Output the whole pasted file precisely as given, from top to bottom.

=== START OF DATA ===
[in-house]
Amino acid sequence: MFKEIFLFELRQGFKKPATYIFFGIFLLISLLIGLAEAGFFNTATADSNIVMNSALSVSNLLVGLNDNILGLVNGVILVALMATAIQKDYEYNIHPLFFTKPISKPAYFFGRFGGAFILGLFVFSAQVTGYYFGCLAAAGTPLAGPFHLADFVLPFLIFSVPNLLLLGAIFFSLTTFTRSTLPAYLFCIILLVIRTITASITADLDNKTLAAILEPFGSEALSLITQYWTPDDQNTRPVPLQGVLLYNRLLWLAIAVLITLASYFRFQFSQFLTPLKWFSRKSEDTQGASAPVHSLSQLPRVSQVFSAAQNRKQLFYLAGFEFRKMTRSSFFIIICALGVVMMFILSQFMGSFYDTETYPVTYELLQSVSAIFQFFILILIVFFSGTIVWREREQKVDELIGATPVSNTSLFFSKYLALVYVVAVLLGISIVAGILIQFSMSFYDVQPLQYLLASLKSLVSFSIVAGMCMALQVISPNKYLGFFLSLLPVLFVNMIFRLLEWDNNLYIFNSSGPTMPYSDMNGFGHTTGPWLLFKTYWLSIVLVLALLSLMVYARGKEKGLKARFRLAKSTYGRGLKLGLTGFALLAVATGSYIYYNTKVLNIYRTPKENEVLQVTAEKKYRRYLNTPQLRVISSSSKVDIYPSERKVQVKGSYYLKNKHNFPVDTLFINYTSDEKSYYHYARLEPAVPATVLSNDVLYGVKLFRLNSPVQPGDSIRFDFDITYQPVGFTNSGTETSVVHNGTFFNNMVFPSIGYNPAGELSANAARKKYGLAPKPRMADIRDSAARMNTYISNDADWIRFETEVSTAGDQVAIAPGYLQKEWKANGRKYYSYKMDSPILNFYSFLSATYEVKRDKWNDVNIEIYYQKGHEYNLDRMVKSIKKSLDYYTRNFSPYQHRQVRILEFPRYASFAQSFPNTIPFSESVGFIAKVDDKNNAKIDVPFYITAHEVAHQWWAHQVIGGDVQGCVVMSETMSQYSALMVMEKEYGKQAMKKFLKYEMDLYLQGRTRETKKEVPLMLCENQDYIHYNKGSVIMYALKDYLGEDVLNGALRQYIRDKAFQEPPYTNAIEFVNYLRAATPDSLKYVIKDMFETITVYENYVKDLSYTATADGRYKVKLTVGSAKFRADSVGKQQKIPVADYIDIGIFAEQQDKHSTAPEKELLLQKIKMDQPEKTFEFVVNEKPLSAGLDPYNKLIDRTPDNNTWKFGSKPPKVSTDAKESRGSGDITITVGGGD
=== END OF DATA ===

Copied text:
[in-house]
Amino acid sequence: MFKEIFLFELRQGFKKPATYIFFGIFLLISLLIGLAEAGFFNTATADSNIVMNSALSVSNLLVGLNDNILGLVNGVILVALMATAIQKDYEYNIHPLFFTKPISKPAYFFGRFGGAFILGLFVFSAQVTGYYFGCLAAAGTPLAGPFHLADFVLPFLIFSVPNLLLLGAIFFSLTTFTRSTLPAYLFCIILLVIRTITASITADLDNKTLAAILEPFGSEALSLITQYWTPDDQNTRPVPLQGVLLYNRLLWLAIAVLITLASYFRFQFSQFLTPLKWFSRKSEDTQGASAPVHSLSQLPRVSQVFSAAQNRKQLFYLAGFEFRKMTRSSFFIIICALGVVMMFILSQFMGSFYDTETYPVTYELLQSVSAIFQFFILILIVFFSGTIVWREREQKVDELIGATPVSNTSLFFSKYLALVYVVAVLLGISIVAGILIQFSMSFYDVQPLQYLLASLKSLVSFSIVAGMCMALQVISPNKYLGFFLSLLPVLFVNMIFRLLEWDNNLYIFNSSGPTMPYSDMNGFGHTTGPWLLFKTYWLSIVLVLALLSLMVYARGKEKGLKARFRLAKSTYGRGLKLGLTGFALLAVATGSYIYYNTKVLNIYRTPKENEVLQVTAEKKYRRYLNTPQLRVISSSSKVDIYPSERKVQVKGSYYLKNKHNFPVDTLFINYTSDEKSYYHYARLEPAVPATVLSNDVLYGVKLFRLNSPVQPGDSIRFDFDITYQPVGFTNSGTETSVVHNGTFFNNMVFPSIGYNPAGELSANAARKKYGLAPKPRMADIRDSAARMNTYISNDADWIRFETEVSTAGDQVAIAPGYLQKEWKANGRKYYSYKMDSPILNFYSFLSATYEVKRDKWNDVNIEIYYQKGHEYNLDRMVKSIKKSLDYYTRNFSPYQHRQVRILEFPRYASFAQSFPNTIPFSESVGFIAKVDDKNNAKIDVPFYITAHEVAHQWWAHQVIGGDVQGCVVMSETMSQYSALMVMEKEYGKQAMKKFLKYEMDLYLQGRTRETKKEVPLMLCENQDYIHYNKGSVIMYALKDYLGEDVLNGALRQYIRDKAFQEPPYTNAIEFVNYLRAATPDSLKYVIKDMFETITVYENYVKDLSYTATADGRYKVKLTVGSAKFRADSVGKQQKIPVADYIDIGIFAEQQDKHSTAPEKELLLQKIKMDQPEKTFEFVVNEKPLSAGLDPYNKLIDRTPDNNTWKFGSKPPKVSTDAKESRGSGDITITVGGGD